‘Know. And be known.’

There’s a paradox in choosing a university.

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Many students have a strong desire to attend a university where they can meet and get to know lots of people – and be known by lots of people. So they choose to attend a large university, not understanding this paradox: To know more people, and to be known by more people, choose a smaller university like Ouachita.

At the end of four years of college, chances are strong that a Ouachita graduate will know more people well – and be well-known by more people – than students who attend universities with thousands or tens-of-thousands of students.

Why? When a student spends four years on a residential campus with about 1,500 other students – living and learning and sharing the challenges and joys of college life together – he or she has opportunities to develop lifelong relationships at a deeper, more meaningful level. A student who attends a university with many thousands will likely live on campus only one year, often will recognize few if any of his or her classmates and will rarely find himself or herself in a professor’s home for dinner, much less in possession of that professor’s cell number when it’s time to ask for the all-important grad school or employment recommendations.

There are many reasons to choose Ouachita. Add to the list the desire to “Know. And Be Known.”

Here’s how some of our students expressed this during their first semester on campus:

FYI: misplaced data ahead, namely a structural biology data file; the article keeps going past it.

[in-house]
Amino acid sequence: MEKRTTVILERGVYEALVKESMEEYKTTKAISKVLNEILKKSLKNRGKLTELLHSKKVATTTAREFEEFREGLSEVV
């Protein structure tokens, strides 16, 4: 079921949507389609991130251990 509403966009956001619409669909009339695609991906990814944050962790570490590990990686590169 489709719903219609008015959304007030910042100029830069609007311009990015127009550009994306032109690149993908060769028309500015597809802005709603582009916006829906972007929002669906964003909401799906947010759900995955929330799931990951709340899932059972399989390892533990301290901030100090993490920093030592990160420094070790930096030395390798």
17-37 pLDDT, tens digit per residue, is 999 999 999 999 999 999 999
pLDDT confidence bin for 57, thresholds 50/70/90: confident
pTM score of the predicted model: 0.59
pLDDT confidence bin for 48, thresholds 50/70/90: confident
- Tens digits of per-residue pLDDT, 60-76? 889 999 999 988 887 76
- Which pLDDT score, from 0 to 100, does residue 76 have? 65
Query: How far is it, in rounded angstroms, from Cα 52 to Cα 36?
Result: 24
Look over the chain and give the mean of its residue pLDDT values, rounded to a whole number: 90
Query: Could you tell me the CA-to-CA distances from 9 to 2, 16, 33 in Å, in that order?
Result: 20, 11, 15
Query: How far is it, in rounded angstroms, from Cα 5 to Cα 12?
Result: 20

“Ouachita provides the friends and professors who become our constant accountability partners, encouragers and teachers. Here, we are taught how to be a disciple in our world today, combining both our love for Christ and our love for academics. As I sit here, exactly one month into my life as a Ouachita student, I am overwhelmed with how much I learn every single day, how much I thought I knew but didn’t, and how much Ouachita has done for me that exceeded all my needs and expectations.” — Addy

“The first attribute of Ouachita that drew me to the school was its size. I wanted a school where I could feel connected to my classmates and would know most of the people I see around campus. I wanted a school where I could make relationships with my teachers that would last for a lifetime. I wanted a school where class would not just be a teacher lecturing for an hour but we could have meaningful classroom discussion that best fits my learning style. I wanted a school where I can have opportunities to practice my skills and build my resume starting in my freshman year. I wanted a school where I am not just a number, but I mean something to both the school and to the professors. Ouachita is a school which offers all those things.” — Caleb

Keldon Henley is vice president for institutional advancement at Ouachita Baptist University.

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